The first time I went to Long Beach thirty years ago, the only thing I knew about the city was that it was the home of the Queen Mary. But since then, I discovered two museums there and they became the main reason for my trips to Long Beach.
(L) Portrait of Dr. Robert Gumbiner (1923-2009)
(R) Osvaldo Salas, "Con Hemingway / With Hemingway," 1960
The Museum of Latin American Art (MOLAA) celebrates its twentieth anniversary with the largest and most comprehensive exhibition of its permanent collection. When the museum opened in 1996, it was the brainchild of Dr. Robert Gumbiner (1923-2009) – a physician as well as an art collector and philanthropist, who acquired what once was a roller skating ring and transformed it into the museum galleries.
(T) Rodolfo Morales, "Ángel en bicicleta / Angel on Bicycle"
Collage on paper
(Bot L) Fernando Botero, "Woman with Mirror / Mujer con espejo," 1998
Charcoal on canvas
(Bot R) Fernando Botero, "La familia / The Family," 1992
Charcoal on canvas
Through his numerous visits to Mexico, Central and South America, Dr. Gumbiner became enamored with modern and contemporary Latin American art. But initially, he was drawn to figurative works. The large drawing of a voluptuous female nude with a mirror by Fernando Botero is a perfect example of Dr. Gumbiner's early collecting.
Julio César Peña Peralta, "Wrongful Appropriations, Babalu-ayé," 2006
Linoleum cut on paper, hand-colored
But since then, the museum collection not only grew in size, but became much more diverse in terms of style and medium. Seeing the black-and-white photograph (Osvaldo Salas, 1960) of Ernest Hemingway chatting with Fidel Castro, one becomes aware of how much the scope of the museum's collection has widened.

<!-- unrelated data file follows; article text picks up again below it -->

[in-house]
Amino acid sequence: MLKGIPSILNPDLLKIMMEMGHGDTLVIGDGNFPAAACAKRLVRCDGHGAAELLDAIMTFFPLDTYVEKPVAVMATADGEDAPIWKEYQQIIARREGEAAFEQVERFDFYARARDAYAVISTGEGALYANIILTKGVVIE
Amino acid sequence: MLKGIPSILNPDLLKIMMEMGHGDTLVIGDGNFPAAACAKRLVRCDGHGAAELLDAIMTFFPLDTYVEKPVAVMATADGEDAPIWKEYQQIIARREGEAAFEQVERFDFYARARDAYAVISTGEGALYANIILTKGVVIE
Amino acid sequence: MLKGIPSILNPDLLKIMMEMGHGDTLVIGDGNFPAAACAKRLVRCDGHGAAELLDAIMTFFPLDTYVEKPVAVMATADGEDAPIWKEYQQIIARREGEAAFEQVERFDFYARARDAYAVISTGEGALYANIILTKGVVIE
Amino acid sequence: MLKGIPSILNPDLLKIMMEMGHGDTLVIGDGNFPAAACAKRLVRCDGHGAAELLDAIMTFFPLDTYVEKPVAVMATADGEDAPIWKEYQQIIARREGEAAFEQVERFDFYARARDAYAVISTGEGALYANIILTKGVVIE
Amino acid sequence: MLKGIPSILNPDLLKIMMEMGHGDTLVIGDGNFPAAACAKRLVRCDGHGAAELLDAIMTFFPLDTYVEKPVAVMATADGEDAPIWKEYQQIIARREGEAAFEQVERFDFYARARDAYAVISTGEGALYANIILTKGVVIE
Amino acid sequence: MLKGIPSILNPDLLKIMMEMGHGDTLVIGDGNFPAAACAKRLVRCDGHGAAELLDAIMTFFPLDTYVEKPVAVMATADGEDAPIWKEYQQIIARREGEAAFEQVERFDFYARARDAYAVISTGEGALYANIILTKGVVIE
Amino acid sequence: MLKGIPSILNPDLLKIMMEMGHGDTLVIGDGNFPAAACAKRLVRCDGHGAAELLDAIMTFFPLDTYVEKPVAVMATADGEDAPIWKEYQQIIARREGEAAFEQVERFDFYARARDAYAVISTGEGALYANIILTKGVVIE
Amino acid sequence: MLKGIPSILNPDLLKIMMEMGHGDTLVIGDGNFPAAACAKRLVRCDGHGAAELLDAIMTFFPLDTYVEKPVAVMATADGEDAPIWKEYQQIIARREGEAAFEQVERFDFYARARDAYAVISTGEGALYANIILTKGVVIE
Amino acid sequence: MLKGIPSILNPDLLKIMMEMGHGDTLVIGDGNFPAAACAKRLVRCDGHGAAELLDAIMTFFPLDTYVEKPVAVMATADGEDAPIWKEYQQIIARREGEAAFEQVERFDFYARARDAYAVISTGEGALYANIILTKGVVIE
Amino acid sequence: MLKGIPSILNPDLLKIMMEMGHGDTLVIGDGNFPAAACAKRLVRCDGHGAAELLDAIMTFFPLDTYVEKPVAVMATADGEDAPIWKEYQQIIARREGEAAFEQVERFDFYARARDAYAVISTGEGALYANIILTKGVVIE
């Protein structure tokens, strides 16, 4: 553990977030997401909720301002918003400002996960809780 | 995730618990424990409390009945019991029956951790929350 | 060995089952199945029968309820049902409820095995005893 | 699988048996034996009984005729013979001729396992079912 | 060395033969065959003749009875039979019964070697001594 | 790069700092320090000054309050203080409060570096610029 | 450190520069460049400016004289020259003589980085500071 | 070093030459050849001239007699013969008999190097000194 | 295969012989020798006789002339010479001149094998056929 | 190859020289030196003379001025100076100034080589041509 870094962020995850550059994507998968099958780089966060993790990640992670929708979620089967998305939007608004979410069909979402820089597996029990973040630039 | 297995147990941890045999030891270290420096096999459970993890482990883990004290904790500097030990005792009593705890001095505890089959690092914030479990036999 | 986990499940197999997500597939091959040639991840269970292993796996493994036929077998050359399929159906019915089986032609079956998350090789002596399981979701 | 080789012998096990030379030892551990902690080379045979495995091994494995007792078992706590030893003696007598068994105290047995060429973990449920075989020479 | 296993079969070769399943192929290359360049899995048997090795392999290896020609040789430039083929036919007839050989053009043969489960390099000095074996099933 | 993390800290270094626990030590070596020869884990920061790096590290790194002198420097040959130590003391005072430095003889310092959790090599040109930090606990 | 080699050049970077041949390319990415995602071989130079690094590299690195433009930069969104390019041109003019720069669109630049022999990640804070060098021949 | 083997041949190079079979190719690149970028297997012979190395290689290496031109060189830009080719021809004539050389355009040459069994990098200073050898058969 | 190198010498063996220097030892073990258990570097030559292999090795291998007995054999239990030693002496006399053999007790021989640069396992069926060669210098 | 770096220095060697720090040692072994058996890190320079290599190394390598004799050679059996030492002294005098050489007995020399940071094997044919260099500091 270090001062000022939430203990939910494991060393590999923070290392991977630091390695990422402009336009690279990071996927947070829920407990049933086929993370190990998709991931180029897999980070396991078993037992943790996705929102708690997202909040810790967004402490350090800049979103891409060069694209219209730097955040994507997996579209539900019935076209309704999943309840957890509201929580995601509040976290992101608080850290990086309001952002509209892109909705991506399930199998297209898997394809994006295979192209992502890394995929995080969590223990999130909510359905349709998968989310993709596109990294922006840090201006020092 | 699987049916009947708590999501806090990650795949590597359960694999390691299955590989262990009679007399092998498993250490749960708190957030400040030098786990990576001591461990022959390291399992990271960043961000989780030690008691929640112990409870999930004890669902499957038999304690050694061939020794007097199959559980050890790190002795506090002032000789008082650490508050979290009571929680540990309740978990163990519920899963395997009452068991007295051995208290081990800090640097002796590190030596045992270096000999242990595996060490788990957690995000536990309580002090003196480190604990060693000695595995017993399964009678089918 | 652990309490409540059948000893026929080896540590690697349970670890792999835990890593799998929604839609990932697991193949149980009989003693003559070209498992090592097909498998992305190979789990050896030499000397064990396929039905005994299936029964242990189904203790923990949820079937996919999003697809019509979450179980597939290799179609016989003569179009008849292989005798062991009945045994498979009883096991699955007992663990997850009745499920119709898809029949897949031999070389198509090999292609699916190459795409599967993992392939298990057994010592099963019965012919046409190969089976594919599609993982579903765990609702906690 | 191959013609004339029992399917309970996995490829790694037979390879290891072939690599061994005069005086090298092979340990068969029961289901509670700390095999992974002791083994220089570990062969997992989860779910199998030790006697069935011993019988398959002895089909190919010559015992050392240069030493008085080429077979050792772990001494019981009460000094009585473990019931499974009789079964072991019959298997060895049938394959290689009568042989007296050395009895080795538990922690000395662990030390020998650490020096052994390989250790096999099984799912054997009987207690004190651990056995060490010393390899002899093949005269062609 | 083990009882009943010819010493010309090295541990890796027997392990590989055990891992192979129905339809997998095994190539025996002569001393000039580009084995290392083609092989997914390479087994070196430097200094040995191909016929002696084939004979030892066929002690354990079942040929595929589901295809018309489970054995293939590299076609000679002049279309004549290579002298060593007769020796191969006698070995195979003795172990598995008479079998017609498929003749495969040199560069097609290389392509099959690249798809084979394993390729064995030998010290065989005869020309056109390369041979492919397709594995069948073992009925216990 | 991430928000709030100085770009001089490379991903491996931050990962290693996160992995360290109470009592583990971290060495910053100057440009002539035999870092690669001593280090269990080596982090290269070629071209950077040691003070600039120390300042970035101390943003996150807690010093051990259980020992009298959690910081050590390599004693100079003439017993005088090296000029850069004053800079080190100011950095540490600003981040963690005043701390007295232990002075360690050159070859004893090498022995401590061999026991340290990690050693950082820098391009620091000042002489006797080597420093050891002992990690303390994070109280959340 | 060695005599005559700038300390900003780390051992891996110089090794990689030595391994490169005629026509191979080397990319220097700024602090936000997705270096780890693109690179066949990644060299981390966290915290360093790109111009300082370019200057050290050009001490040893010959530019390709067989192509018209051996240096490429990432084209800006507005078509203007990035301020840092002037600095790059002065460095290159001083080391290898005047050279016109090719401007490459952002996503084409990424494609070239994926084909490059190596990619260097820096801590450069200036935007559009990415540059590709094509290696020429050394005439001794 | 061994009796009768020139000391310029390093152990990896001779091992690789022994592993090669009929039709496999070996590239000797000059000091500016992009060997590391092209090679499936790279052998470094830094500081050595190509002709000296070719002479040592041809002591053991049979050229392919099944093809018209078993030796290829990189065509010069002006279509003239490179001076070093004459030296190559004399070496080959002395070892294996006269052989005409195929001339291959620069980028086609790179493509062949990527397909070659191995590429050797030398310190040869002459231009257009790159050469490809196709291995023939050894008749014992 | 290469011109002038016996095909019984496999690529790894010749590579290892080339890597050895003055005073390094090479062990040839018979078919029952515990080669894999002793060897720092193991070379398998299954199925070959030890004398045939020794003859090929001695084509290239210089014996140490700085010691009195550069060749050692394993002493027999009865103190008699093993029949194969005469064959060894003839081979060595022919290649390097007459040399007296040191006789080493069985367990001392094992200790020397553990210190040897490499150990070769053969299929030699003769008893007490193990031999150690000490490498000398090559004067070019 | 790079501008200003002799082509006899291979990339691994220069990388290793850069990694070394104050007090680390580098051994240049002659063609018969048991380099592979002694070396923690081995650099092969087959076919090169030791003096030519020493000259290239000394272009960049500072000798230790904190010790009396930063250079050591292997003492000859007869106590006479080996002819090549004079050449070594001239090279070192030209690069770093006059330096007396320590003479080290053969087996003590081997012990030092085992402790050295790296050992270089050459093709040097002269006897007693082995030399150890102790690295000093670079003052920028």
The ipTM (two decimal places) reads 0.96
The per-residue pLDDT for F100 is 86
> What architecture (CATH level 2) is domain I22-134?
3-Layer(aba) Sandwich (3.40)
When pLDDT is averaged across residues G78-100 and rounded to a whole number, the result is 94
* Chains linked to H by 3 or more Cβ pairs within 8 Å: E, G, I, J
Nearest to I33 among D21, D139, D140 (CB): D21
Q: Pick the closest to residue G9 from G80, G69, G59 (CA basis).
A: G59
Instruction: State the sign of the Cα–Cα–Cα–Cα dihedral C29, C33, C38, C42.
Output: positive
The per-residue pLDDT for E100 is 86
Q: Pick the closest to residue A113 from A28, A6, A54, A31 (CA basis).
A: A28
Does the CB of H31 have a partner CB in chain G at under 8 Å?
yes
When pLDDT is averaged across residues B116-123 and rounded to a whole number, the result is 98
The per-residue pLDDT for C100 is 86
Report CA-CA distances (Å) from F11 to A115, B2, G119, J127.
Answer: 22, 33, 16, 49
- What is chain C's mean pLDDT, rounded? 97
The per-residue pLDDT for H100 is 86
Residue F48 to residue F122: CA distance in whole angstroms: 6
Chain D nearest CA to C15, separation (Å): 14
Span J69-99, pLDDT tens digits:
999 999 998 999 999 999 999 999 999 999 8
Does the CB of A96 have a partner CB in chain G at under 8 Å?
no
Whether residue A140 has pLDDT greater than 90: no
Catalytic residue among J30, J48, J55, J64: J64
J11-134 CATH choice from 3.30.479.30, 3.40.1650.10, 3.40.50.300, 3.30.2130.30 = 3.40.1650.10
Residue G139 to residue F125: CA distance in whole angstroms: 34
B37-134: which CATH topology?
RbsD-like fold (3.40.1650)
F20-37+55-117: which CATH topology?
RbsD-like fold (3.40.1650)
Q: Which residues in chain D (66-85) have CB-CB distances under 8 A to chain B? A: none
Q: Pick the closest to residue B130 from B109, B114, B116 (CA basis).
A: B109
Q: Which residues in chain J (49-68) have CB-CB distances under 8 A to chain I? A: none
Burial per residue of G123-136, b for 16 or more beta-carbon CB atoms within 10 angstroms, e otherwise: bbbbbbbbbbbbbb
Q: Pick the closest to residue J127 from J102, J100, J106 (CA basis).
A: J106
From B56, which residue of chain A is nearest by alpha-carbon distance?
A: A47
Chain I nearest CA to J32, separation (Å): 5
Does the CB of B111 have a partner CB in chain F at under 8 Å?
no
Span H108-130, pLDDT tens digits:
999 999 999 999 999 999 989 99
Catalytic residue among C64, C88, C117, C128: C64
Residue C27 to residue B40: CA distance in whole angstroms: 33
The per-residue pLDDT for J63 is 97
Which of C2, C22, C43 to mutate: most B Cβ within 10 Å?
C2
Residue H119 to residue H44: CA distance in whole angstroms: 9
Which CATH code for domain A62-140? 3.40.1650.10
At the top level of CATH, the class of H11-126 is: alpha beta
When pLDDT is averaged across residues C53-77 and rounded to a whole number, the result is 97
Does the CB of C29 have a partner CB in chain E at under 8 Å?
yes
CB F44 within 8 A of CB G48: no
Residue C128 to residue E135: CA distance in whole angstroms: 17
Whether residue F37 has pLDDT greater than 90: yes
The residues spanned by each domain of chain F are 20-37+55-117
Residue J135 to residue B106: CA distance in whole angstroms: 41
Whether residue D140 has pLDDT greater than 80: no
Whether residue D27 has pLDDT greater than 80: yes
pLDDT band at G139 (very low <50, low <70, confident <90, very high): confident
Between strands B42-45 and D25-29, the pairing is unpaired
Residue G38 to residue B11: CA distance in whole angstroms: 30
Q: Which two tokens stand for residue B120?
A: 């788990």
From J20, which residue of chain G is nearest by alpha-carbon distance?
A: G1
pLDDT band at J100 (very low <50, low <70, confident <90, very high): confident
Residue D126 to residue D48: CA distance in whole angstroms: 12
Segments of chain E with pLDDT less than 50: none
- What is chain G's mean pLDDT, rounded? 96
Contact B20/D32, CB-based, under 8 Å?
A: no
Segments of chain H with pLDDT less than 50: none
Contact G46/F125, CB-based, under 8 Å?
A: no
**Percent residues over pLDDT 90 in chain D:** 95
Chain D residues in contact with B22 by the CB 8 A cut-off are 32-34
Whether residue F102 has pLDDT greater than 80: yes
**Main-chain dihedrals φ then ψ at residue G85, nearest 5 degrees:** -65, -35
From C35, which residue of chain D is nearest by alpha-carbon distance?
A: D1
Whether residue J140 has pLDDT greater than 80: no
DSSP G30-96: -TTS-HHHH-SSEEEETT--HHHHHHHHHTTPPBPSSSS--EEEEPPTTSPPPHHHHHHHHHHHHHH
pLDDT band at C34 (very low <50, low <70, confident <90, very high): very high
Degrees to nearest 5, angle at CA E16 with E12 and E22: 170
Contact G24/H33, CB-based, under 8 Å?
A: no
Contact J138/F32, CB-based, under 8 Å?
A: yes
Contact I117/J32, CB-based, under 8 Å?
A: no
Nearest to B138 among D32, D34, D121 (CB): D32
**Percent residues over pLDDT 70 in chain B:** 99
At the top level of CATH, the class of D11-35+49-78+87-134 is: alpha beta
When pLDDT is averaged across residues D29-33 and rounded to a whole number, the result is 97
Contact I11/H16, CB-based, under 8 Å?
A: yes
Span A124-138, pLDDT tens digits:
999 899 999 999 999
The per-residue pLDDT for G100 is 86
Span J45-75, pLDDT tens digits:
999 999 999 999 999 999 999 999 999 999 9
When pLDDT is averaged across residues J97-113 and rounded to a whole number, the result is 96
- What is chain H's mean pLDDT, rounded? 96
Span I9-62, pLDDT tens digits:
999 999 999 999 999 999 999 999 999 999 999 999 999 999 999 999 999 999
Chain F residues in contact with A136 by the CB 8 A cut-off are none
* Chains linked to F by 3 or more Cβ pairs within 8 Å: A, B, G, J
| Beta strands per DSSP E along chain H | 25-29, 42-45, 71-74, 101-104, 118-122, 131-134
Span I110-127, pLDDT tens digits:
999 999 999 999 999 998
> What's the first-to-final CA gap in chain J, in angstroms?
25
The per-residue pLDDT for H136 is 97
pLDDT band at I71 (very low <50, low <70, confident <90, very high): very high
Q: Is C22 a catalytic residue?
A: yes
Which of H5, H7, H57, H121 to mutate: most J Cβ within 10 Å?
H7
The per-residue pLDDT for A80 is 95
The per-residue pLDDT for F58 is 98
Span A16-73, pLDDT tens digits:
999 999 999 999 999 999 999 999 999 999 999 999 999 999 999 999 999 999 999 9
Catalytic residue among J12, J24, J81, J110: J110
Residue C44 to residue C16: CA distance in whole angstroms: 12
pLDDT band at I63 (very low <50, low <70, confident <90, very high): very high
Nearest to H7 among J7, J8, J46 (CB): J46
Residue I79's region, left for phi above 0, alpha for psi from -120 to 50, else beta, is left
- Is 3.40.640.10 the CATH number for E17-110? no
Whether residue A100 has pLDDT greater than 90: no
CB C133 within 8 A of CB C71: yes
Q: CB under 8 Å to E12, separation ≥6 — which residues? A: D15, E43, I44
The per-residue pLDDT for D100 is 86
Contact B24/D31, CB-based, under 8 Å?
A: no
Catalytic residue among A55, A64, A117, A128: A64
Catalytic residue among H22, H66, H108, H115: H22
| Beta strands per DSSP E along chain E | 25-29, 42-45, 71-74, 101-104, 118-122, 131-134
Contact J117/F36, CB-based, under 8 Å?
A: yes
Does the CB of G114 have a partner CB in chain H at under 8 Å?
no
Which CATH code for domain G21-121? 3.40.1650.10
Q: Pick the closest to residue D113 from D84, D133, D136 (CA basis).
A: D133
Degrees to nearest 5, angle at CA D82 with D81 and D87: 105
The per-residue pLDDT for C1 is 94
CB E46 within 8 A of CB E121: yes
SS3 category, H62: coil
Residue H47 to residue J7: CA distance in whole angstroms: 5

Francisco Morales, No. 2 from the series "Andenes," 2009
Graphite on wood
The sculptural drawing by Francisco Morales, executed using graphite on a shifting wood panel, is a perfect example of the sense of adventure that now defines the Museum of Latin American Art. MOLAA's recent accreditation from the American Alliance of Museums comes as a well-deserved affirmation in celebration of its twentieth anniversary.
Aaron De La Cruz, "Abrazos y Besos," 2016
Acrylic on museum walls, steel-base wood sculptures, and acrylic paint on wood floor shapes
The Long Beach Museum of Art, which has been around since the fifties, has a new and particularly diverse exhibition, “Vitality and Verve: In the Third Dimension” showcasing works by up-and-coming street artists, muralists, and other contemporary artists “placing an emphasis on their unique sculptural and installation practices”. Upon entering the room-sized mixed media installation by Aaron de la Cruz, one finds themselves happily lost in the colorful vortex of sculptures and wall paintings.
Craig ‘Skibs' Barker, "Channel 3 only," 2016
In another gallery, a large-scale installation by Craig Barker (Channel 3 only, 2016) brings together wood panel paintings, light boxes, chairs, televisions… you name it. The exuberant spirit of this work reminded me of the burst of energy I usually get from a shot of vodka.
Aaron Li-Hill, "Divide and Conquer," 2016
And speaking of getting drunk and being particularly happy ––that was my impression of the darkened gallery with Aaron Li-Hill's photographic images on the walls reflected in pools of water on the floor. Take a look at the image of this installation and decide for yourself if it's the end of the world as we know it–– or the possibility of a new beginning.
All photos by Edward Goldman.